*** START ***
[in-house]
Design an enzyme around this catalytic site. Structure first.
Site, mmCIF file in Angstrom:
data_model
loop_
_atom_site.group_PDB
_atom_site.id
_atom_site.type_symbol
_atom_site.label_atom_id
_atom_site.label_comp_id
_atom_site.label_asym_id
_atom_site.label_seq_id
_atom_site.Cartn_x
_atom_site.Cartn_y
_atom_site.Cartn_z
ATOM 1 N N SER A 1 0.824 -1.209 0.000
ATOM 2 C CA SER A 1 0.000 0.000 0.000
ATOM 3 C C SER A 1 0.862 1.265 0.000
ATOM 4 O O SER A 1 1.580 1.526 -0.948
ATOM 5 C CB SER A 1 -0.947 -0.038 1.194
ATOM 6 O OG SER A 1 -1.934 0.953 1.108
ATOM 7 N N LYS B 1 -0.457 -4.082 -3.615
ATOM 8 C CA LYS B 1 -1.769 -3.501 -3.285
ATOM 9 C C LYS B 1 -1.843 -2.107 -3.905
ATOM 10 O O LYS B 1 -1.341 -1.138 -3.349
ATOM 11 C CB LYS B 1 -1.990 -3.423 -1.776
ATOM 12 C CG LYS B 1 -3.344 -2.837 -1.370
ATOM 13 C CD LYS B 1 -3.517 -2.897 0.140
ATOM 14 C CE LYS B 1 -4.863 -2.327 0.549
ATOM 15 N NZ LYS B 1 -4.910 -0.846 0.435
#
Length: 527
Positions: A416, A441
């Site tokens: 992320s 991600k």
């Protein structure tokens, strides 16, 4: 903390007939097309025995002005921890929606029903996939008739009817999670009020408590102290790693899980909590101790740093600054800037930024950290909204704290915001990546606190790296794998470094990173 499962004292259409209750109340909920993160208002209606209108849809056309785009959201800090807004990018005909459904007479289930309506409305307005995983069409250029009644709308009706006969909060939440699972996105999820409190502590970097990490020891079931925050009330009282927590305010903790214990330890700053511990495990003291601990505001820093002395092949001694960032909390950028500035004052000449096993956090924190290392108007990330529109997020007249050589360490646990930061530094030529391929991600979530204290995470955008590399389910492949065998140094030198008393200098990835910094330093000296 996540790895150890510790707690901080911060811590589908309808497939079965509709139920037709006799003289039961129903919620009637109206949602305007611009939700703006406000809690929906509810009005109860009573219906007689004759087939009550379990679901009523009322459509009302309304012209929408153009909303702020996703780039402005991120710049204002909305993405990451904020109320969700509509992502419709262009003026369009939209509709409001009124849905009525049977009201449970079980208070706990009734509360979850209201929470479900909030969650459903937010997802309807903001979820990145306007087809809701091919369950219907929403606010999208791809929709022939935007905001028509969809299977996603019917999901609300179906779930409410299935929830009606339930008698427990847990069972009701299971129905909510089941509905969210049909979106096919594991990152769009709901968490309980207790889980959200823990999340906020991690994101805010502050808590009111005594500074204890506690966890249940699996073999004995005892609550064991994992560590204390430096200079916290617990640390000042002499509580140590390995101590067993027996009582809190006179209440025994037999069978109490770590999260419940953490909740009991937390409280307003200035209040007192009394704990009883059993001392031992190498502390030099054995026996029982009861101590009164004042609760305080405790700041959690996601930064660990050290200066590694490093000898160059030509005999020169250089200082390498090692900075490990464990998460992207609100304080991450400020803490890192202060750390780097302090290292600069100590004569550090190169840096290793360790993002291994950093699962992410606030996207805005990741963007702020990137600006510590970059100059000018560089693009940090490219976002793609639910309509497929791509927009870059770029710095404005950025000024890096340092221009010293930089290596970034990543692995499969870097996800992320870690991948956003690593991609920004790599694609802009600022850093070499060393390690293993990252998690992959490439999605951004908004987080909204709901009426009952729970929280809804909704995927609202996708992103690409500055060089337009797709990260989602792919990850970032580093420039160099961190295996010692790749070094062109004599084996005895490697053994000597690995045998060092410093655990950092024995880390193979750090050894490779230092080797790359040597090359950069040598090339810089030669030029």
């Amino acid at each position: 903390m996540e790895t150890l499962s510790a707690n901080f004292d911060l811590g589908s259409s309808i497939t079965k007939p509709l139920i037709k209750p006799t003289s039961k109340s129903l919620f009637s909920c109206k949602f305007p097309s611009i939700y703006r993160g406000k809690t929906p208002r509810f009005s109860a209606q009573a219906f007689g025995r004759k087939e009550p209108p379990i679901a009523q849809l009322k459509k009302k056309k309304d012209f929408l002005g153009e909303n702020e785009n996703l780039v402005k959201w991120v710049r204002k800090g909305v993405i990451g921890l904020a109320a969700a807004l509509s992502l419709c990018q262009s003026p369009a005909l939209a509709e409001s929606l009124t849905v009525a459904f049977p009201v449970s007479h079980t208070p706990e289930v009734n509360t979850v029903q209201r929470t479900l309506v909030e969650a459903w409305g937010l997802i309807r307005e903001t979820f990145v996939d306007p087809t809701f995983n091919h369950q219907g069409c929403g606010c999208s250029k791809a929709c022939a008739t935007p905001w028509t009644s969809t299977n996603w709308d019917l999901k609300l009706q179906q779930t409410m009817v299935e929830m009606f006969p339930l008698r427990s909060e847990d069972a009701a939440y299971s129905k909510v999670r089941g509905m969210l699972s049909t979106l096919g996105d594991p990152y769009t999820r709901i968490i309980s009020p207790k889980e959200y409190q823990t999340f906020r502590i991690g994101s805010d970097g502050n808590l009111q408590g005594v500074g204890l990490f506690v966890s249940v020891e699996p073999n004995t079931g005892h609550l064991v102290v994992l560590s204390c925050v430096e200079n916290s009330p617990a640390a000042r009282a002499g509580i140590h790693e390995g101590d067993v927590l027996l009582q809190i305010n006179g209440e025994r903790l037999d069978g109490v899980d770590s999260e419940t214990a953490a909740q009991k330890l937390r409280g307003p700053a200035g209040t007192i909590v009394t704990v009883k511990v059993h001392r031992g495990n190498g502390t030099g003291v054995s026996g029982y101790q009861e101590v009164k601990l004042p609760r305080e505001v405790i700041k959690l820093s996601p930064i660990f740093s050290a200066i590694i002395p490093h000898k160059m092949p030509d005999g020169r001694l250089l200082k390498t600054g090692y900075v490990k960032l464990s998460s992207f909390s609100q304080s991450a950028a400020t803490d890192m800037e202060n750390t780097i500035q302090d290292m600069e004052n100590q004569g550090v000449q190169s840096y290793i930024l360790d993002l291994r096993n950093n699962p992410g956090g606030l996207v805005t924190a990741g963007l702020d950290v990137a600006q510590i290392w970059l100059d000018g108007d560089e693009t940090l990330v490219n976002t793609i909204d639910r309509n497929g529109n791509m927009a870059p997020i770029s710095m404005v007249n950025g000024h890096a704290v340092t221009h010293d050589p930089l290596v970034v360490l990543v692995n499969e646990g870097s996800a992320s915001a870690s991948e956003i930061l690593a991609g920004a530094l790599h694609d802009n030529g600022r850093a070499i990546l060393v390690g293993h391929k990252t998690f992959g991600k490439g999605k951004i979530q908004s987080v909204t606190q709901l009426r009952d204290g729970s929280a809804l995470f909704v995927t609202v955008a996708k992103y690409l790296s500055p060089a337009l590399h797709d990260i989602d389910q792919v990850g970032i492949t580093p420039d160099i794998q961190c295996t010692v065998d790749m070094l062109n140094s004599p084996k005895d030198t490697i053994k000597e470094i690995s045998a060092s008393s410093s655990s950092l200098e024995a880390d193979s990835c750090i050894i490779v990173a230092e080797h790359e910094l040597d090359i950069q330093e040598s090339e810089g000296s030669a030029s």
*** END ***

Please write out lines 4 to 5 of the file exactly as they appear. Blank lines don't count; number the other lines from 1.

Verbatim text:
data_model
loop_